The Cost of Discipleship


The Cost of Discipleship

‘‘Unless you take up your cross and follow me you cannot be my disciples.’’

What a paradox we find from last Sunday readings to today’s Gospel readings! Last week, Peter confessed his faith in Jesus as the Messiah. In today’s Gospel reading, Peter takes Jesus aside and tries to tell him what to do. Last week, Jesus called Peter the “rock” and today Jesus calls Peter a tempter and tells him to leave.  These contrasting events took place within a period of very short time. What happened?

Jesus knowingly confronted his disciples with the reality of the cross, which often is seen as an obstacle in their following Jesus and commitment to him. Jesus told them plainly that He must go to Jerusalem and suffer greatly there at the hands of the elders, the chief priests and the scribes and be killed and then be raised on the third day. It is clear that the words like “suffering” and “be killed” troubled them so much they ignored the last phrase, “be raised on the third day.” We can understand the disciples’ quick shift in their mood when they heard that Jesus was going to suffer. From a human point of view, it is very natural for Peter to avoid any kind of suffering for Jesus. But, according to Jesus that is precisely Peter’s problem because he is speaking from the human point of view and not from the perspective of God.

So then, how do we understand the suffering and the cross from the perspective of Jesus himself?

The Gospels do not say that Jesus went forward and took upon himself suffering. This would be a demonstration of his own power. He used all his power for the up-building of the kingdom of God. He was forcibly led to his suffering at the hands of the elders. But, he did it willingly and not as a volunteer. Jesus was a victim. The manner of his torment and suffering was decided by someone else. In another word, this was God’s will for him to be fulfilled.

The cross for us refers to the suffering which comes into our lives because of the choices we make for the sake of the Gospel. It can be something that we choose. The cross is a symbol for sacrifice. Sacrifice is a word that we do not like because it suggests hardship, discipline, renunciation, pain etc. Yet, there is no achievement without sacrifice. Jesus himself has given us the example. He chose the way of self-sacrifice and suffering. Therefore, Jesus asked his disciples for total commitment to follow and take up their daily crosses. “If anyone wants to be a follower of mine, he must renounce himself and take up his cross and follow me…. Anyone loses his life for my sake will find it.” For us as Christians this suffering is not an option – rather, it is a certainty. If we participate in his success, we must also share in his shame and suffering. We as disciples of Jesus have a choice to follow or not to follow.  But if we follow, we choose in his favor and we must be ready for suffering and humiliation.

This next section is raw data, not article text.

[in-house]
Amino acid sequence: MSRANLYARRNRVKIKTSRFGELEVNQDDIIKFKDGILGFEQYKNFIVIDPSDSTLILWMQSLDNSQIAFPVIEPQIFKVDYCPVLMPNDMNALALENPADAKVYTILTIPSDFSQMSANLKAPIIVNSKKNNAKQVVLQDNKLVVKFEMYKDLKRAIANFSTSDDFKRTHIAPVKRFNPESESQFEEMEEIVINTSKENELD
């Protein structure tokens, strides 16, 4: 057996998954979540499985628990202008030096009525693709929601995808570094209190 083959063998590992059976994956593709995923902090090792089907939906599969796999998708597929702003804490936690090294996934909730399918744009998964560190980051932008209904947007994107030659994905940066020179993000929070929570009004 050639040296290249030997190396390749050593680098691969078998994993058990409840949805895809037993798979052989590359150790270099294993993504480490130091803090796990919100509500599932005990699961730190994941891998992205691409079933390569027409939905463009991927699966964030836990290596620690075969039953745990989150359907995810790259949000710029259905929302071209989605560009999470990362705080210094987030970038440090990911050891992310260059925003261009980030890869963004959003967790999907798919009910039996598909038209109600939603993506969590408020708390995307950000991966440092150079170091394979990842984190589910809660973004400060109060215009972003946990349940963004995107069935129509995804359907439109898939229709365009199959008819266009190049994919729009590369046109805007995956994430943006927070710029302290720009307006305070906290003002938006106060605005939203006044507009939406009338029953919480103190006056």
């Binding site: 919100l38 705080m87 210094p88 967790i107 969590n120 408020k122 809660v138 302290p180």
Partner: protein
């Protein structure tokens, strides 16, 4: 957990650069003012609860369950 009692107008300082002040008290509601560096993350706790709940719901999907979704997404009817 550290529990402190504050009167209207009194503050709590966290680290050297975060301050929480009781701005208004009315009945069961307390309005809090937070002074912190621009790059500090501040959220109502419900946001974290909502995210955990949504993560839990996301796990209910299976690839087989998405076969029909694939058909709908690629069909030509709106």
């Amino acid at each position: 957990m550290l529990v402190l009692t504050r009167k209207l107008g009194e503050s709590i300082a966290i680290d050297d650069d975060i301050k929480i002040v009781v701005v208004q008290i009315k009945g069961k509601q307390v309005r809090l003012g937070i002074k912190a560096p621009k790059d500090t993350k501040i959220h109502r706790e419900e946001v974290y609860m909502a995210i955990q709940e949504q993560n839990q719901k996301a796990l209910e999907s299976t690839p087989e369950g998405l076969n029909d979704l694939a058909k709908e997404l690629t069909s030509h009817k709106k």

One of the reasons why we normally don’t like to be confronted by the cross is that true love is sacrificial. Married couples promise to love each other, religious promise to love the Lord and His Church and so also as Christian we are called to love each other. But, when we are tempted to drift away from the true love, the cross reminds us that true love is defined not by how we feel but by what we give. Another reason why we don’t like to be confronted by the cross, is that cross is the only way to eternal life. Many of us prefer an easier way of life. Like Peter, we don’t want the cross. We want to avoid the crosses of our daily lives but in reality, we cannot if we want to gain the eternal life.

Everyone in the world has a cross. Our crosses can take the form of emotional, spiritual, physical and mental suffering. As we go through this terrible pandemic, many are the crosses we carry every day.  The real issue is what do we do with these different crosses? Do we deny them? Do we rebel against them? Do we try to kick them off? Do we numb them with addictive substances? Or do we take them up and follow the Lord? It is here we make the choice either to save our life, or to lose our life.

Further, in today’s second reading, Paul exhorts us to reject the standard of this world. “Do not be conformed to this world, but be transformed by the renewing of your mind…” This is very difficult path to follow as we sometimes experience the paradox that those who conform to this world, prosper much more than those who do not. To this end, following Christ can place barriers between ourselves and others. When we don’t share others’ values and their interests we can experience alienation from others. Therefore, suffering is bound to happen in our daily ministry. We need to remind ourselves that Jesus’ message angered many people of his time, so when we proclaim the same message, we must also be prepared for a similar reaction.

Finally, it is quite comforting to know that even someone as great as Jeremiah contemplated changing his options as he went through struggles in his life. But, Jeremiah’s life of struggle and fidelity is a source of courage and inspiration to us. His total faithfulness prefigures the faithfulness of Jesus. Jesus’ own example and the example of Jeremiah can inspire us to be faithful to our vocation as Jesus’ disciples.

Let us pray today for all of us, and especially for young people as they discern their vocation to Jesus’ calling to be who he wants them to be. May we all try our best to remain faithful to his calling. Amen

By Susai Jesu, OMI
Vocation Team – West
Phone: (587) 335-2015